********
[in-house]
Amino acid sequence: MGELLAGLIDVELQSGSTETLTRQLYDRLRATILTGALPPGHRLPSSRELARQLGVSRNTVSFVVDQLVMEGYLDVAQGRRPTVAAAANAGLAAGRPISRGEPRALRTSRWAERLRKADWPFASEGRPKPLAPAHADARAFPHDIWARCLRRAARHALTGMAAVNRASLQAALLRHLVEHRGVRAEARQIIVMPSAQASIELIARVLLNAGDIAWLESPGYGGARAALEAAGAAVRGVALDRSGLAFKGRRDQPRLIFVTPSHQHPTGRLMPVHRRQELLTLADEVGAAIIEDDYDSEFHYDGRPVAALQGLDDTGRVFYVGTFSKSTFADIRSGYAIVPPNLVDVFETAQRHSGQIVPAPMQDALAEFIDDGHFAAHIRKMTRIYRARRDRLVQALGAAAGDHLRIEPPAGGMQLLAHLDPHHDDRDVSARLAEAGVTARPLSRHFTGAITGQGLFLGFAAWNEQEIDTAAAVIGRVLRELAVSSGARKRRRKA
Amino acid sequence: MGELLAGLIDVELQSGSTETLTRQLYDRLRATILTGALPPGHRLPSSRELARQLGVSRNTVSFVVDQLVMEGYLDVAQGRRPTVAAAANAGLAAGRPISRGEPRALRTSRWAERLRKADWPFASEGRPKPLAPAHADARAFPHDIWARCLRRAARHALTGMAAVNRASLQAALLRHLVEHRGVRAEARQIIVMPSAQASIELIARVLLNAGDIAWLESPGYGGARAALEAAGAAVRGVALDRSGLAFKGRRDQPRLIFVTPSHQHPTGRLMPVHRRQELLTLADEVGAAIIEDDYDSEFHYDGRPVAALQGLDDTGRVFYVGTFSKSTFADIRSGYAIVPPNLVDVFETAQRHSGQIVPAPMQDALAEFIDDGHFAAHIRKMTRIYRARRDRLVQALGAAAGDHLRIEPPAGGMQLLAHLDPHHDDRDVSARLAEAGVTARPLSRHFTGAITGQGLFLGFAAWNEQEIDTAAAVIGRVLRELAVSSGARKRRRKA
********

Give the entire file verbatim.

[in-house]
Amino acid sequence: MGELLAGLIDVELQSGSTETLTRQLYDRLRATILTGALPPGHRLPSSRELARQLGVSRNTVSFVVDQLVMEGYLDVAQGRRPTVAAAANAGLAAGRPISRGEPRALRTSRWAERLRKADWPFASEGRPKPLAPAHADARAFPHDIWARCLRRAARHALTGMAAVNRASLQAALLRHLVEHRGVRAEARQIIVMPSAQASIELIARVLLNAGDIAWLESPGYGGARAALEAAGAAVRGVALDRSGLAFKGRRDQPRLIFVTPSHQHPTGRLMPVHRRQELLTLADEVGAAIIEDDYDSEFHYDGRPVAALQGLDDTGRVFYVGTFSKSTFADIRSGYAIVPPNLVDVFETAQRHSGQIVPAPMQDALAEFIDDGHFAAHIRKMTRIYRARRDRLVQALGAAAGDHLRIEPPAGGMQLLAHLDPHHDDRDVSARLAEAGVTARPLSRHFTGAITGQGLFLGFAAWNEQEIDTAAAVIGRVLRELAVSSGARKRRRKA
Amino acid sequence: MGELLAGLIDVELQSGSTETLTRQLYDRLRATILTGALPPGHRLPSSRELARQLGVSRNTVSFVVDQLVMEGYLDVAQGRRPTVAAAANAGLAAGRPISRGEPRALRTSRWAERLRKADWPFASEGRPKPLAPAHADARAFPHDIWARCLRRAARHALTGMAAVNRASLQAALLRHLVEHRGVRAEARQIIVMPSAQASIELIARVLLNAGDIAWLESPGYGGARAALEAAGAAVRGVALDRSGLAFKGRRDQPRLIFVTPSHQHPTGRLMPVHRRQELLTLADEVGAAIIEDDYDSEFHYDGRPVAALQGLDDTGRVFYVGTFSKSTFADIRSGYAIVPPNLVDVFETAQRHSGQIVPAPMQDALAEFIDDGHFAAHIRKMTRIYRARRDRLVQALGAAAGDHLRIEPPAGGMQLLAHLDPHHDDRDVSARLAEAGVTARPLSRHFTGAITGQGLFLGFAAWNEQEIDTAAAVIGRVLRELAVSSGARKRRRKA